Ureteral complications in the era of laparoscopic living donor nephrectomy: Do we need to preserve the gonadal vein with the specimen?

Burak Kocak*, Talia Barzel Baker, Alan J. Koffron, Joseph R Leventhal

*Corresponding author for this work

Research output: Contribution to journalArticlepeer-review

16 Scopus citations


Background and Purpose: The aim of this study was to analyze the ureteral complication rate in recipients transplanted with laparoscopically retrieved kidneys in our institution's 8-year experience when the gonal vein was not preserved with the specimen during the donor procedure. Patients and Methods: We reviewed the records of 800 consecutive laparoscopic donor nephrectomy patients. Donor sex, age, body mass index, warm ischemia time, hospital length of stay, donor and recipient serum creatinine levels, and incidence and type of complications including the incidence of ureteral complications were recorded. Results: Mean patient age was 39±10 years. Mean body mass index was 27±5. A total of 482 cases were treated purely laparoscopically. Of them, 318 were performed hand assisted. Seven hundred and ninety-three procedures were done on the left side and seven were done on the right side. The overall rate of intraoperative complications was 2.9%. The overall open conversion rate was 1.4%. The overall rate of postoperative complications was 3.9%. The postoperative day-7 serum creatinine values of the donors were 1.4±0.3mg/dL. Mean creatinine in all patients at 1 week after transplantation was 1.5±0.2mg/dL. We had one case of ureteral stricture in the recipients of laparoscopically procured kidneys without gonadal vein preservation technique among 800 patients. Conclusion: Gonadal vein preservation with the entire specimen during laparoscopic donor nephrectomy procedure is not a necessary step to protect periureteral blood supply to prevent ureteral strictures.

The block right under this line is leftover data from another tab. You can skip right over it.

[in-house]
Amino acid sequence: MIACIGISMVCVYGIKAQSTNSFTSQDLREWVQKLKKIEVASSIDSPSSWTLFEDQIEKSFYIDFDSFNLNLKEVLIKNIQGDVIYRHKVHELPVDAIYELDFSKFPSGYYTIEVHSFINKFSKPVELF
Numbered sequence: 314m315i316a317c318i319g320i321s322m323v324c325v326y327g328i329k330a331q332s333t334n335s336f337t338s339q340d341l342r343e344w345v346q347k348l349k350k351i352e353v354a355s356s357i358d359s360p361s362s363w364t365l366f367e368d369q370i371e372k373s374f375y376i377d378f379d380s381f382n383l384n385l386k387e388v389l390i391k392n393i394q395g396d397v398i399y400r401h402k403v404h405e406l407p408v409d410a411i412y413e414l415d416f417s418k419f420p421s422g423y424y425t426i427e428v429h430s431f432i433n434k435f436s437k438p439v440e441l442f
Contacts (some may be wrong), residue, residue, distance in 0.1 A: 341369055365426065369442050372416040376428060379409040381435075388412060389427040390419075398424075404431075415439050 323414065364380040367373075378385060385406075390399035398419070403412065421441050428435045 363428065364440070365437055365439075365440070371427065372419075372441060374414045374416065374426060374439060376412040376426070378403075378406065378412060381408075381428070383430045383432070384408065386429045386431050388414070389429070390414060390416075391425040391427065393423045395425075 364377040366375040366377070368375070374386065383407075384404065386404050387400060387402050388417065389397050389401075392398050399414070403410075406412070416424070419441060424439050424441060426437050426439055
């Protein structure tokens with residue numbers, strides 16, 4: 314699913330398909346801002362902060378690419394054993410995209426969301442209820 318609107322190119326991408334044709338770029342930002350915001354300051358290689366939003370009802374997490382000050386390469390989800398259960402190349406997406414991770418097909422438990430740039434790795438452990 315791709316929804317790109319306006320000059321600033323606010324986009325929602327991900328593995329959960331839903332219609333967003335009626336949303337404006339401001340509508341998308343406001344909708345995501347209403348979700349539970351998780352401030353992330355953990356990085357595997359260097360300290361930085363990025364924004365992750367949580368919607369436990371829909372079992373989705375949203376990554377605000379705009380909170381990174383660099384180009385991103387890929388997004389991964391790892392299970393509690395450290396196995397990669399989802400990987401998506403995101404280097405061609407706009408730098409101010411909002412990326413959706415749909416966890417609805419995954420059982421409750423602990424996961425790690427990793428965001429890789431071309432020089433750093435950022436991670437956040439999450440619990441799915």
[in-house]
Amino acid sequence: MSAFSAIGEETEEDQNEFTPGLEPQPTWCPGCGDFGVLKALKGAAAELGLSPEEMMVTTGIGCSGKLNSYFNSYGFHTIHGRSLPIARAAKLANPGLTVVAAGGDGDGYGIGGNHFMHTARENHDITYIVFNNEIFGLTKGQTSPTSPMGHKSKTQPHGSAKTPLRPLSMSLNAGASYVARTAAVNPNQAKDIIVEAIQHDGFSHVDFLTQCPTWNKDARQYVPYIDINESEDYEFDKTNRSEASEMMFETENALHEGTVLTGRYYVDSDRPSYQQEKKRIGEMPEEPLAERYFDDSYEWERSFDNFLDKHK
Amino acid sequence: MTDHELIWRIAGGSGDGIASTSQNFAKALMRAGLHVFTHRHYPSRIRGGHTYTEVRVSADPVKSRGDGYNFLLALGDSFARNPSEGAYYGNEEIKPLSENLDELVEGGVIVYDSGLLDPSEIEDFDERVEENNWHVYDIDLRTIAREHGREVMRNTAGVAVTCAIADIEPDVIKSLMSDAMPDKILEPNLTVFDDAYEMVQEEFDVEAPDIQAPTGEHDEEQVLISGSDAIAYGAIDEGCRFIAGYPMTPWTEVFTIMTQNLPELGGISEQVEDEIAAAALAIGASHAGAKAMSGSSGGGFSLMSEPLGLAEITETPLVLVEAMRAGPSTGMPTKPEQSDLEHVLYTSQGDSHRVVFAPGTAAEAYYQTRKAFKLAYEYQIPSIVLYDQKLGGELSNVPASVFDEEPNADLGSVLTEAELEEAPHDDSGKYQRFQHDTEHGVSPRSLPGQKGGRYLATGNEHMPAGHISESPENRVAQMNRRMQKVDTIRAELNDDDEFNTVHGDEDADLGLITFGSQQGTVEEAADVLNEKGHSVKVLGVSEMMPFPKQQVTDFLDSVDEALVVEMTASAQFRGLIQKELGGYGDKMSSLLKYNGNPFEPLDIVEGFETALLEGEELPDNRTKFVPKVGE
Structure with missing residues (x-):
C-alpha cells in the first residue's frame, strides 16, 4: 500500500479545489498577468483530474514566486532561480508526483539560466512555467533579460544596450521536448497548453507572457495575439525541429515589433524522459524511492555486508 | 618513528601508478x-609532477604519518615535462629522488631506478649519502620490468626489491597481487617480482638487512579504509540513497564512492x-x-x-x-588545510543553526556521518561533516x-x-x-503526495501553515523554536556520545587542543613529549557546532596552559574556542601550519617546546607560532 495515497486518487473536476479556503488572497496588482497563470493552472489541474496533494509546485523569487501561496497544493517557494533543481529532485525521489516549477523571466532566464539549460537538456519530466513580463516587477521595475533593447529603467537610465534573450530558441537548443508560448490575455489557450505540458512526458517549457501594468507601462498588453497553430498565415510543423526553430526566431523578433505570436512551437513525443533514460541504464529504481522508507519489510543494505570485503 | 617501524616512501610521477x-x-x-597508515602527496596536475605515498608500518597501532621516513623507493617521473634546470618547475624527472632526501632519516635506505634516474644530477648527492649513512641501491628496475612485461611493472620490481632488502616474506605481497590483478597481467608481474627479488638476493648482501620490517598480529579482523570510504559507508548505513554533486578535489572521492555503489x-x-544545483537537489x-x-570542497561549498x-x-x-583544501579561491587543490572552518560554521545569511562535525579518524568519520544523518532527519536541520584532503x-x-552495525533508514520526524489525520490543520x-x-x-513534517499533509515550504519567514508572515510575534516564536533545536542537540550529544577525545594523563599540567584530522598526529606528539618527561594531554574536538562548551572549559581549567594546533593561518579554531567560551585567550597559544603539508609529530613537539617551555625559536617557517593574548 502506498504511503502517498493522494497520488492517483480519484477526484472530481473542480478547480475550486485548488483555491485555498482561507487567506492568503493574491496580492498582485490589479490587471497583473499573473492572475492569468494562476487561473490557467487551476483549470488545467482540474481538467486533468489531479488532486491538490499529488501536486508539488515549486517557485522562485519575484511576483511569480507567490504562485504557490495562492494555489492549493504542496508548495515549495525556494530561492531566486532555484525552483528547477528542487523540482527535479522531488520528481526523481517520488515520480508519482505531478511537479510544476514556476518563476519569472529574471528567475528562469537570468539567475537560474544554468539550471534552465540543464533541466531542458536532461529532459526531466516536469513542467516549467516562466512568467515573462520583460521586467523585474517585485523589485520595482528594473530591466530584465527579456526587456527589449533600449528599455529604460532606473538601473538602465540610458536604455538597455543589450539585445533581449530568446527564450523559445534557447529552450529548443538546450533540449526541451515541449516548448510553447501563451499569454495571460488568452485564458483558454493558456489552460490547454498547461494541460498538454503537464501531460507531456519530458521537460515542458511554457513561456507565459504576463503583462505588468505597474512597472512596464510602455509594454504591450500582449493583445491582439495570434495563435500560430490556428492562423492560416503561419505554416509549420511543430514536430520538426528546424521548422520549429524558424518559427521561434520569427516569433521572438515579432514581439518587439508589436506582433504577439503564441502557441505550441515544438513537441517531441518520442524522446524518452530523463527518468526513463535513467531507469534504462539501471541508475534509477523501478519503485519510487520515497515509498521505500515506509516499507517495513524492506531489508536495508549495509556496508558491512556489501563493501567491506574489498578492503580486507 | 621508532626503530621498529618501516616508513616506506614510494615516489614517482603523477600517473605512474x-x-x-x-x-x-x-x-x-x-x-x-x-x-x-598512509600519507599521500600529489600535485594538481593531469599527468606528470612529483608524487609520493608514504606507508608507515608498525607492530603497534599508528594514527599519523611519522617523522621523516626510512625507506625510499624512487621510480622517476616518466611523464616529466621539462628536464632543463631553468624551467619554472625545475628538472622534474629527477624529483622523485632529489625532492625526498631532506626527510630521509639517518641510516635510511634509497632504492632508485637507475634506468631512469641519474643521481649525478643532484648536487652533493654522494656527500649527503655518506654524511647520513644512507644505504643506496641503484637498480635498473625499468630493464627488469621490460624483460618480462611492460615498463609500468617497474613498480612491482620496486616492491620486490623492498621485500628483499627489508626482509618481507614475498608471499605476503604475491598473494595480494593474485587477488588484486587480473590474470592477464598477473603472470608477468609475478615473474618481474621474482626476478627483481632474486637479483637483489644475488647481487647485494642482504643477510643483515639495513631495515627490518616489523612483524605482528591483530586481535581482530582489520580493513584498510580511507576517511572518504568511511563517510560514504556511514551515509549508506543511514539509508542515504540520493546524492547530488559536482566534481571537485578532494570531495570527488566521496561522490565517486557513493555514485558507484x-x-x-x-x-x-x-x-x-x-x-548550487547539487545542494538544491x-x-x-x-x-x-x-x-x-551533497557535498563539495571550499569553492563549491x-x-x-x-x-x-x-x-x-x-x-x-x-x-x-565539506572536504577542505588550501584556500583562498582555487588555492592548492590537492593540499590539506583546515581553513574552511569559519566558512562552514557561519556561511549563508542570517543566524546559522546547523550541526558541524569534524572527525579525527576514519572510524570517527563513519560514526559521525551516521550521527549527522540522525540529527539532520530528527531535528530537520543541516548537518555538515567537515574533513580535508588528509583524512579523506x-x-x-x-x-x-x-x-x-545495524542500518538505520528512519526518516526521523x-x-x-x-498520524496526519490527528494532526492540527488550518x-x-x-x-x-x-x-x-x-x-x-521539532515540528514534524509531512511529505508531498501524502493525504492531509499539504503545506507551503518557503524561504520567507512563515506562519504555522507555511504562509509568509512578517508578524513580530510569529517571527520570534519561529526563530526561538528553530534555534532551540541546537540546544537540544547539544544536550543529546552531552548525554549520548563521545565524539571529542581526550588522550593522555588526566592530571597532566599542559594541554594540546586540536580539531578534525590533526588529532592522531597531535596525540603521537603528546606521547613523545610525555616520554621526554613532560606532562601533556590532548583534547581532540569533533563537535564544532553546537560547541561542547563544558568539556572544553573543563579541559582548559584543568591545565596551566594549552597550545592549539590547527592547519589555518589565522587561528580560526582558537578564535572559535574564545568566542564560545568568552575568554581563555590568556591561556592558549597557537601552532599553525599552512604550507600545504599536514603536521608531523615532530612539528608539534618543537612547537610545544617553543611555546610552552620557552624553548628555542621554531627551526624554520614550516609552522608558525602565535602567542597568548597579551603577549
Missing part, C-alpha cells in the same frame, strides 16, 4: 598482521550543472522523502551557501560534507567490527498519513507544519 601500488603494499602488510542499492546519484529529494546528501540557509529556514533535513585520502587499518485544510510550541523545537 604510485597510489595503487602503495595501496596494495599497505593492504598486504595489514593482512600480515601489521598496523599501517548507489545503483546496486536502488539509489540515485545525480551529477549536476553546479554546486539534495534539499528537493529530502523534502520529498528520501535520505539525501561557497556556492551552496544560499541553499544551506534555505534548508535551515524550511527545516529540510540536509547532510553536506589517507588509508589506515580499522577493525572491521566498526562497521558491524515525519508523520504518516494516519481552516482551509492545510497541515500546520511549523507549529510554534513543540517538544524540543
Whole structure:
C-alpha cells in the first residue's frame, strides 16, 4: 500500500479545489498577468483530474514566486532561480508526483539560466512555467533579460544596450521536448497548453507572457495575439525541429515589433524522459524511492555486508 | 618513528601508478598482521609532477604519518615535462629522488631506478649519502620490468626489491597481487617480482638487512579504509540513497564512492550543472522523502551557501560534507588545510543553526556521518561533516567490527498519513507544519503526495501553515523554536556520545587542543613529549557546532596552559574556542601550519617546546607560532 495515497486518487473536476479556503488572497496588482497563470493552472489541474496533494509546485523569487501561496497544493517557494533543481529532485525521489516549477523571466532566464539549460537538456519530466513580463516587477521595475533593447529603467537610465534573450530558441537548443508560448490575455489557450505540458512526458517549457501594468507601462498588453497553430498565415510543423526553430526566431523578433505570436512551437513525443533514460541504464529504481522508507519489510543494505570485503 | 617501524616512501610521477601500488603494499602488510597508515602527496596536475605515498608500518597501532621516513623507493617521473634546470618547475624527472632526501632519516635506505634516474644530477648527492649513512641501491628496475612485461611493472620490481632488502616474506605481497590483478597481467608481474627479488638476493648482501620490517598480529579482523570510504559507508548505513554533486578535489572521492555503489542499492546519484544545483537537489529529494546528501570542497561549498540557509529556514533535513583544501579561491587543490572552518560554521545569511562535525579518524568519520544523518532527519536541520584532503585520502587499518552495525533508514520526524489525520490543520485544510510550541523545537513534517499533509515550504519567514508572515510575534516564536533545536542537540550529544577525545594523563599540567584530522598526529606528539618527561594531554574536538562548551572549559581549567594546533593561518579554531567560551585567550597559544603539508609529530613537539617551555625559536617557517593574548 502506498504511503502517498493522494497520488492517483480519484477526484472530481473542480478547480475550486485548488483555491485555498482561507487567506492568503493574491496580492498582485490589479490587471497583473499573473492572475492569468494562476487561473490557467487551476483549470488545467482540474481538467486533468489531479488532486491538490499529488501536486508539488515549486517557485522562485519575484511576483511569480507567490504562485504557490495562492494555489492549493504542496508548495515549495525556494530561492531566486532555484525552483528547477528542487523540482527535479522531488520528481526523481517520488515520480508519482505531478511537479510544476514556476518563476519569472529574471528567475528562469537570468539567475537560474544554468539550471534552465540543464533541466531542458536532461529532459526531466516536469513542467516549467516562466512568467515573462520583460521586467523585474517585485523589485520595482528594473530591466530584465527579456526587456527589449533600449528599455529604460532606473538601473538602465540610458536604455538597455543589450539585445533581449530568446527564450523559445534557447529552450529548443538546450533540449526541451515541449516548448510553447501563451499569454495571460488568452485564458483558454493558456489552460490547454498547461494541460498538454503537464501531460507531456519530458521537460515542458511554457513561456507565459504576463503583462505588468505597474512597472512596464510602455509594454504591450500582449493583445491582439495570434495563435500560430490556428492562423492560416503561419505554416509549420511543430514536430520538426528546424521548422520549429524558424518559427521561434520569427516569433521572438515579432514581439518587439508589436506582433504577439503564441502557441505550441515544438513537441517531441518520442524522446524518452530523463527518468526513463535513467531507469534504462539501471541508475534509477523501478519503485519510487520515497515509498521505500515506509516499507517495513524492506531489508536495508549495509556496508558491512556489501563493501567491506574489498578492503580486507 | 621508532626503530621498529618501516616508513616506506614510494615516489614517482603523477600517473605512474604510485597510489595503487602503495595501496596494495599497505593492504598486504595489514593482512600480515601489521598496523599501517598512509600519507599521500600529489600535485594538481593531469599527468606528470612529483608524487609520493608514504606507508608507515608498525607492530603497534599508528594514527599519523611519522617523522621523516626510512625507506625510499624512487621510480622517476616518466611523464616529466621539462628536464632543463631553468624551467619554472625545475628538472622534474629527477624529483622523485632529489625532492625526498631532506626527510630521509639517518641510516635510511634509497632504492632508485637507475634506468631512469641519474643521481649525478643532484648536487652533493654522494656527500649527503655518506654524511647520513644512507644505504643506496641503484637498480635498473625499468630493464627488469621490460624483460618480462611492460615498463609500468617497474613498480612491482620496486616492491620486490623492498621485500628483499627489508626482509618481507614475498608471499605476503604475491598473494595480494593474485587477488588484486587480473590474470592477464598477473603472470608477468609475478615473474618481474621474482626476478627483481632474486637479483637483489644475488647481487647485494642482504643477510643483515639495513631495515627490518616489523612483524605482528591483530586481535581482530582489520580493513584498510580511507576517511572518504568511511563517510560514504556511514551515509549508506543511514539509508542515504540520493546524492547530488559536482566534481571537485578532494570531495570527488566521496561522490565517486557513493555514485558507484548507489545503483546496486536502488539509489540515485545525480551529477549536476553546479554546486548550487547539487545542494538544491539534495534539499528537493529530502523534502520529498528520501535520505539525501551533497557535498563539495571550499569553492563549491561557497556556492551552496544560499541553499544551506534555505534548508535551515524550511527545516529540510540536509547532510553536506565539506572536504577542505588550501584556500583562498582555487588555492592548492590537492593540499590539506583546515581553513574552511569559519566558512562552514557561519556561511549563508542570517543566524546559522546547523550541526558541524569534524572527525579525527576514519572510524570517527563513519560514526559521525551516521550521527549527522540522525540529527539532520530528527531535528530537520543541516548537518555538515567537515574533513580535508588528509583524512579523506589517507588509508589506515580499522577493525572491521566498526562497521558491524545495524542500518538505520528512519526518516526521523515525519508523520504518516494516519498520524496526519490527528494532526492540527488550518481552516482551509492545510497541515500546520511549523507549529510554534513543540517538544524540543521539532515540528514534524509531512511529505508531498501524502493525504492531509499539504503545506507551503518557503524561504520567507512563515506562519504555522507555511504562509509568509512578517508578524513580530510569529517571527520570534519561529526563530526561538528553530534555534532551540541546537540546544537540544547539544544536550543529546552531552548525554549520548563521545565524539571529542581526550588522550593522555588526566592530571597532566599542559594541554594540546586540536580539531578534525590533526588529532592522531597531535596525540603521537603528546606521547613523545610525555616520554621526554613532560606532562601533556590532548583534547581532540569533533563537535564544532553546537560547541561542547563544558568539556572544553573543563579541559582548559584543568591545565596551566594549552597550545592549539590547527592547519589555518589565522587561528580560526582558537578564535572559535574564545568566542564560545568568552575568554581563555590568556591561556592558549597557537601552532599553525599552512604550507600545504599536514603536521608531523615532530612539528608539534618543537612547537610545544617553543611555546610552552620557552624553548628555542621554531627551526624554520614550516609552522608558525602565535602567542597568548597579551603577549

Original languageEnglish (US)
Pages (from-to)247-251
Number of pages5
JournalJournal of Endourology
Issue number2
StatePublished - Feb 1 2010

ASJC Scopus subject areas

  • Urology


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